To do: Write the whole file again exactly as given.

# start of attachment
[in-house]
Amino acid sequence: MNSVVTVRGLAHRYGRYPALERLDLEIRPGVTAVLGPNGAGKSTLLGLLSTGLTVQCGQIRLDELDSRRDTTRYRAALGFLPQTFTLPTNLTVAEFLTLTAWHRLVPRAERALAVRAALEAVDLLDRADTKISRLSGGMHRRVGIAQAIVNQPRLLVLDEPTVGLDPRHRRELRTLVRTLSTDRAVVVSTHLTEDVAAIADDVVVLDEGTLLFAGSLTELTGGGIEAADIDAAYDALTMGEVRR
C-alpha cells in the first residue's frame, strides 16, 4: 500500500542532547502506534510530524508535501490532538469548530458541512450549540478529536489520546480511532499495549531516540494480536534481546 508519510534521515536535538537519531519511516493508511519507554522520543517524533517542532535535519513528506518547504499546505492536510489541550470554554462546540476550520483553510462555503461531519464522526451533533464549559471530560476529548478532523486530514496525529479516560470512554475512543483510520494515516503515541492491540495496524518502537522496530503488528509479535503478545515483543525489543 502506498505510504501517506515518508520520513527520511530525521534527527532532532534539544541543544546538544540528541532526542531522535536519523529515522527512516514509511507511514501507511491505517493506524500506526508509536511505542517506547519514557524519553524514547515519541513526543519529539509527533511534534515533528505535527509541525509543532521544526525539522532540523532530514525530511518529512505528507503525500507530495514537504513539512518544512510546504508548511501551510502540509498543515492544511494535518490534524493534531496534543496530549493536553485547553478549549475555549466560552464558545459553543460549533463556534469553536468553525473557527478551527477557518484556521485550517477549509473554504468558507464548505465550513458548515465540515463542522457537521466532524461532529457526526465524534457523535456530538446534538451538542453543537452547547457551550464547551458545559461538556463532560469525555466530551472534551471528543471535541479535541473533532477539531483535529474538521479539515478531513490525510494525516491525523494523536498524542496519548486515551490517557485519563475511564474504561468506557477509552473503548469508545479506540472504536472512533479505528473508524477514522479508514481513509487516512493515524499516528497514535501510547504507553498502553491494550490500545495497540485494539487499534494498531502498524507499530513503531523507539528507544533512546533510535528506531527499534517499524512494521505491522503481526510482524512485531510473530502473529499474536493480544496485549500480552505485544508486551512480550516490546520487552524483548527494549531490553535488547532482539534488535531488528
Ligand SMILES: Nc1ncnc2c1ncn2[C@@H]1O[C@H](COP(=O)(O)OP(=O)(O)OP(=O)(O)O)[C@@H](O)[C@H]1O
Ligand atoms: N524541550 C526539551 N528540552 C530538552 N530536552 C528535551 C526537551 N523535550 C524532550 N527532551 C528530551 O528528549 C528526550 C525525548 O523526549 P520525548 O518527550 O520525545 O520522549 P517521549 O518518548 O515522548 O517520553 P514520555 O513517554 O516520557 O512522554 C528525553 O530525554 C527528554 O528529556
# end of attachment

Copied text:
[in-house]
Amino acid sequence: MNSVVTVRGLAHRYGRYPALERLDLEIRPGVTAVLGPNGAGKSTLLGLLSTGLTVQCGQIRLDELDSRRDTTRYRAALGFLPQTFTLPTNLTVAEFLTLTAWHRLVPRAERALAVRAALEAVDLLDRADTKISRLSGGMHRRVGIAQAIVNQPRLLVLDEPTVGLDPRHRRELRTLVRTLSTDRAVVVSTHLTEDVAAIADDVVVLDEGTLLFAGSLTELTGGGIEAADIDAAYDALTMGEVRR
C-alpha cells in the first residue's frame, strides 16, 4: 500500500542532547502506534510530524508535501490532538469548530458541512450549540478529536489520546480511532499495549531516540494480536534481546 508519510534521515536535538537519531519511516493508511519507554522520543517524533517542532535535519513528506518547504499546505492536510489541550470554554462546540476550520483553510462555503461531519464522526451533533464549559471530560476529548478532523486530514496525529479516560470512554475512543483510520494515516503515541492491540495496524518502537522496530503488528509479535503478545515483543525489543 502506498505510504501517506515518508520520513527520511530525521534527527532532532534539544541543544546538544540528541532526542531522535536519523529515522527512516514509511507511514501507511491505517493506524500506526508509536511505542517506547519514557524519553524514547515519541513526543519529539509527533511534534515533528505535527509541525509543532521544526525539522532540523532530514525530511518529512505528507503525500507530495514537504513539512518544512510546504508548511501551510502540509498543515492544511494535518490534524493534531496534543496530549493536553485547553478549549475555549466560552464558545459553543460549533463556534469553536468553525473557527478551527477557518484556521485550517477549509473554504468558507464548505465550513458548515465540515463542522457537521466532524461532529457526526465524534457523535456530538446534538451538542453543537452547547457551550464547551458545559461538556463532560469525555466530551472534551471528543471535541479535541473533532477539531483535529474538521479539515478531513490525510494525516491525523494523536498524542496519548486515551490517557485519563475511564474504561468506557477509552473503548469508545479506540472504536472512533479505528473508524477514522479508514481513509487516512493515524499516528497514535501510547504507553498502553491494550490500545495497540485494539487499534494498531502498524507499530513503531523507539528507544533512546533510535528506531527499534517499524512494521505491522503481526510482524512485531510473530502473529499474536493480544496485549500480552505485544508486551512480550516490546520487552524483548527494549531490553535488547532482539534488535531488528
Ligand SMILES: Nc1ncnc2c1ncn2[C@@H]1O[C@H](COP(=O)(O)OP(=O)(O)OP(=O)(O)O)[C@@H](O)[C@H]1O
Ligand atoms: N524541550 C526539551 N528540552 C530538552 N530536552 C528535551 C526537551 N523535550 C524532550 N527532551 C528530551 O528528549 C528526550 C525525548 O523526549 P520525548 O518527550 O520525545 O520522549 P517521549 O518518548 O515522548 O517520553 P514520555 O513517554 O516520557 O512522554 C528525553 O530525554 C527528554 O528529556